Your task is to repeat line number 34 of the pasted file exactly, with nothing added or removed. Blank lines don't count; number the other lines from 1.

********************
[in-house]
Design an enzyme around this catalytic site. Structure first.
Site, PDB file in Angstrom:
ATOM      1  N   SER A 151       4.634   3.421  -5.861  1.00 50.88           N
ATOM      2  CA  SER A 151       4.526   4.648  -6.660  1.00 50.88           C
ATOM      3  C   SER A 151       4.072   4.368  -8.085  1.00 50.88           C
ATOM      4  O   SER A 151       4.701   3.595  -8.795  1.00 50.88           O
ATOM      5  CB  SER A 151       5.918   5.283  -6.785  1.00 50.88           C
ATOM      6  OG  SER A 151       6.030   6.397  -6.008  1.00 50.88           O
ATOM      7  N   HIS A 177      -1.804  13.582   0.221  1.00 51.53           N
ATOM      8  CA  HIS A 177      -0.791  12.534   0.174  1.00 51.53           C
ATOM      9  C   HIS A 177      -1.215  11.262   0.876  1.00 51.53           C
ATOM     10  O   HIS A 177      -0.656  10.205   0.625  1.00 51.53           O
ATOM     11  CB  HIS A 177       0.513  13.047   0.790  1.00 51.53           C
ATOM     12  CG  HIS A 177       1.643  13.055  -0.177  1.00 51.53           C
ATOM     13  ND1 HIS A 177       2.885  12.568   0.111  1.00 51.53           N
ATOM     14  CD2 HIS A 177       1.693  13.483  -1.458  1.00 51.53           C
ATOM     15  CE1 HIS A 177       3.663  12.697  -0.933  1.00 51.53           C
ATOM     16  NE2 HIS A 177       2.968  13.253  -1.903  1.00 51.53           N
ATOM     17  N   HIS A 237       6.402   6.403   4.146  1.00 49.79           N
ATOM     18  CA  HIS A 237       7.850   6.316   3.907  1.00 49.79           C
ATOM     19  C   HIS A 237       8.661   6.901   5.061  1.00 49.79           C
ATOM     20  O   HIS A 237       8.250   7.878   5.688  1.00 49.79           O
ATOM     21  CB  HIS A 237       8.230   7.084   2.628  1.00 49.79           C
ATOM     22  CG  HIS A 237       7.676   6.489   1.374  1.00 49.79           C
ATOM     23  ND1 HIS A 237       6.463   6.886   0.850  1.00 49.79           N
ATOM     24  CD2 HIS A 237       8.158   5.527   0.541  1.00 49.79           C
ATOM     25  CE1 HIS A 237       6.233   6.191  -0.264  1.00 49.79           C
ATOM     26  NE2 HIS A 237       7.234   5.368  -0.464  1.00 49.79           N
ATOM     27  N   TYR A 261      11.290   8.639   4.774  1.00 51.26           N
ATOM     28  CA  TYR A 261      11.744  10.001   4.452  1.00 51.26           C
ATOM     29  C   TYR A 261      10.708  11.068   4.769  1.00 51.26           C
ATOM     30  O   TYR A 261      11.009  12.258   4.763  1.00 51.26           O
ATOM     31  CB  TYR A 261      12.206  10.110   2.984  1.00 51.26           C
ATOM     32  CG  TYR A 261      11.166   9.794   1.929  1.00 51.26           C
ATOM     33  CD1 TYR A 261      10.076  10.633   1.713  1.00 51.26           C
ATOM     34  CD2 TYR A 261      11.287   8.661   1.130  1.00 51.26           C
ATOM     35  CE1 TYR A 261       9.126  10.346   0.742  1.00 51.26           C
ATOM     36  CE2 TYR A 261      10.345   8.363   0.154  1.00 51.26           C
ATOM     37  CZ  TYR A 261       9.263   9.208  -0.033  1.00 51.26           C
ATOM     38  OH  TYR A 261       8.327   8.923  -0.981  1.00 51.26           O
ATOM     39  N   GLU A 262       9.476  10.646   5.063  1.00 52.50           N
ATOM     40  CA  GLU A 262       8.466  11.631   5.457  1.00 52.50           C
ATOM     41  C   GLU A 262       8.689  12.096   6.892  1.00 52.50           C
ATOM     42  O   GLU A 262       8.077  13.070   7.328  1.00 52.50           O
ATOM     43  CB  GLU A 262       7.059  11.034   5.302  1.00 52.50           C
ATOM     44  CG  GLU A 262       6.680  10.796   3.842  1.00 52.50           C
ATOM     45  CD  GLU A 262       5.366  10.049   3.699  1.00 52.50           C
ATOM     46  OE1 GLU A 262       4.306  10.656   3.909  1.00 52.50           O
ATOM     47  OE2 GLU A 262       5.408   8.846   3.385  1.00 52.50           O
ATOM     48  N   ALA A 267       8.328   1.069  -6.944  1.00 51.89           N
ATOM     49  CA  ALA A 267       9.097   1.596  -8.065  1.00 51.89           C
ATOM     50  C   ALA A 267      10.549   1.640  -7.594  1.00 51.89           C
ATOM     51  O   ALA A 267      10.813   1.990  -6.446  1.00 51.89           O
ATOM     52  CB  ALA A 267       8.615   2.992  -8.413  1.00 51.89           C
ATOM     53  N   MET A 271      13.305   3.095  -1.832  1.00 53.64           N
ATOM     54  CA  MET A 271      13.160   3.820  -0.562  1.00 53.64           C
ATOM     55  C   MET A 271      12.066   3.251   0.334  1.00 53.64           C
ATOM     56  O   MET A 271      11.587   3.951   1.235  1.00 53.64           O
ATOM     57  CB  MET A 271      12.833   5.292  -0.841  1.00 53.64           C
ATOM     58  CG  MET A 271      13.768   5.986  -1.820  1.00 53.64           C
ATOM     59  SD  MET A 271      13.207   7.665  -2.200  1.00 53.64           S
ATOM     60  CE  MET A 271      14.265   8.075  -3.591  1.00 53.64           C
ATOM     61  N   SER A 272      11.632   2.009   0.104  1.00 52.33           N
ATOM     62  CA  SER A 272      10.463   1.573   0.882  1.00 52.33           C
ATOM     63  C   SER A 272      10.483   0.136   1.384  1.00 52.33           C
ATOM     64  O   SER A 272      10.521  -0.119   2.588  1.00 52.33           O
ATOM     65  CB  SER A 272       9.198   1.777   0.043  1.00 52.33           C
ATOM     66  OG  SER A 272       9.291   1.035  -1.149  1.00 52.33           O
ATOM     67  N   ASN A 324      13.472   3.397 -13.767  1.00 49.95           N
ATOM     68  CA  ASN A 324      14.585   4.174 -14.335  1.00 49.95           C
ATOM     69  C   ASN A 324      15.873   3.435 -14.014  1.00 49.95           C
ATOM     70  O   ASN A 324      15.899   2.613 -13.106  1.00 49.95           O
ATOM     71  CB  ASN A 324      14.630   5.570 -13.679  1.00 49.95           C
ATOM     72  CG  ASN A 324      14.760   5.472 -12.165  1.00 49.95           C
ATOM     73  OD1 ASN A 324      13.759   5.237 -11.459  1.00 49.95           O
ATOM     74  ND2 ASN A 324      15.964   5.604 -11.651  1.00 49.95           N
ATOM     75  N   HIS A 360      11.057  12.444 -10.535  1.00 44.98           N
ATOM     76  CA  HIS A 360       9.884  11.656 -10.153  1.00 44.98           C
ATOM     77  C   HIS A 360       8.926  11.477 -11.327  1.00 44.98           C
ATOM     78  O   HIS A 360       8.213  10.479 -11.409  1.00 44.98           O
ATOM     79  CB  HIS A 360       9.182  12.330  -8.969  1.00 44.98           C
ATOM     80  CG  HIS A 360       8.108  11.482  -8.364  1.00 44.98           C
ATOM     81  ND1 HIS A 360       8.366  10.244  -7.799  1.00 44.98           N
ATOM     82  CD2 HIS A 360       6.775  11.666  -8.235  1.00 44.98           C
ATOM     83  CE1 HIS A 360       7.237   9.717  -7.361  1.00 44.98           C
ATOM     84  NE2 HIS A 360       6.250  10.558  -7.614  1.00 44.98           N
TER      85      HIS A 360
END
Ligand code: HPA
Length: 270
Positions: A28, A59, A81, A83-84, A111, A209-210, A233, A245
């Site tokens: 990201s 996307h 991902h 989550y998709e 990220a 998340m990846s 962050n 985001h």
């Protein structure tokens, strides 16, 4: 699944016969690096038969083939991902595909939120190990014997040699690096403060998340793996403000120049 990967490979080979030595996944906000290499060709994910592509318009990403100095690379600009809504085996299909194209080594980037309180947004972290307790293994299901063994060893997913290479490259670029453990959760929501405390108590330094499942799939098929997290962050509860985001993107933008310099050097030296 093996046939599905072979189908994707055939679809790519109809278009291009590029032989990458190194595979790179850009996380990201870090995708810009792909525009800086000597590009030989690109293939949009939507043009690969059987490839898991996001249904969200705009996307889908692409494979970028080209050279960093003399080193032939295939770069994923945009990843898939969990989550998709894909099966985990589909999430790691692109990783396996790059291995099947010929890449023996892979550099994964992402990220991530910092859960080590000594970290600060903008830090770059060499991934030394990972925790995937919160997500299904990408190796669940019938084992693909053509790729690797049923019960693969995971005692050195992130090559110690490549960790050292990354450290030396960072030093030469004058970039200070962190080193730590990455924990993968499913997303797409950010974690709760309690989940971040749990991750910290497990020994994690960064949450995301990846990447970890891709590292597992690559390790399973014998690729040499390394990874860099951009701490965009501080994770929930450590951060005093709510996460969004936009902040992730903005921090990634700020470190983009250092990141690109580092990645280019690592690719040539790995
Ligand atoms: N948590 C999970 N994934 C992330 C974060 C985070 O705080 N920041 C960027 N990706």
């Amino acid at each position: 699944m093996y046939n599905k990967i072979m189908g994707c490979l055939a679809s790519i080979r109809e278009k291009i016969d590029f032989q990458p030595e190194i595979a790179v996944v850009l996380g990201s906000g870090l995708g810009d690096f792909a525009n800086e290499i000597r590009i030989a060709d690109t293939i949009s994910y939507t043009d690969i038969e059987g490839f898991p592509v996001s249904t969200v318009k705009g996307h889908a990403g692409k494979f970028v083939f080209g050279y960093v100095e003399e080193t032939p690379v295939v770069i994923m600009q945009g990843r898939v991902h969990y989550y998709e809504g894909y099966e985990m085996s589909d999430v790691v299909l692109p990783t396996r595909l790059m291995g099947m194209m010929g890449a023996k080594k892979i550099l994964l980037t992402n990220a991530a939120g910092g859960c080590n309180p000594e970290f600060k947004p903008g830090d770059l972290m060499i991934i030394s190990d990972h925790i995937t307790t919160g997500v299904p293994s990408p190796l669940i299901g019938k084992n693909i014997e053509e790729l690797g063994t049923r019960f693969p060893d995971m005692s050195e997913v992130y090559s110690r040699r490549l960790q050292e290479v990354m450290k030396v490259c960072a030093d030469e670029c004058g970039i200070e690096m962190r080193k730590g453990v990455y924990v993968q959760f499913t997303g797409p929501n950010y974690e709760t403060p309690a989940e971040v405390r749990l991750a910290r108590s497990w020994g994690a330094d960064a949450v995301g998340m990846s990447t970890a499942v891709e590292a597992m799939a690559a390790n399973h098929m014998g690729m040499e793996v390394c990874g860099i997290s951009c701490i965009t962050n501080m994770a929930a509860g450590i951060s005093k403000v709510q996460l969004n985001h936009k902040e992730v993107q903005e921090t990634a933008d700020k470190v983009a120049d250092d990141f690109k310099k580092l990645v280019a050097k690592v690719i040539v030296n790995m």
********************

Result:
ATOM     31  CB  TYR A 261      12.206  10.110   2.984  1.00 51.26           C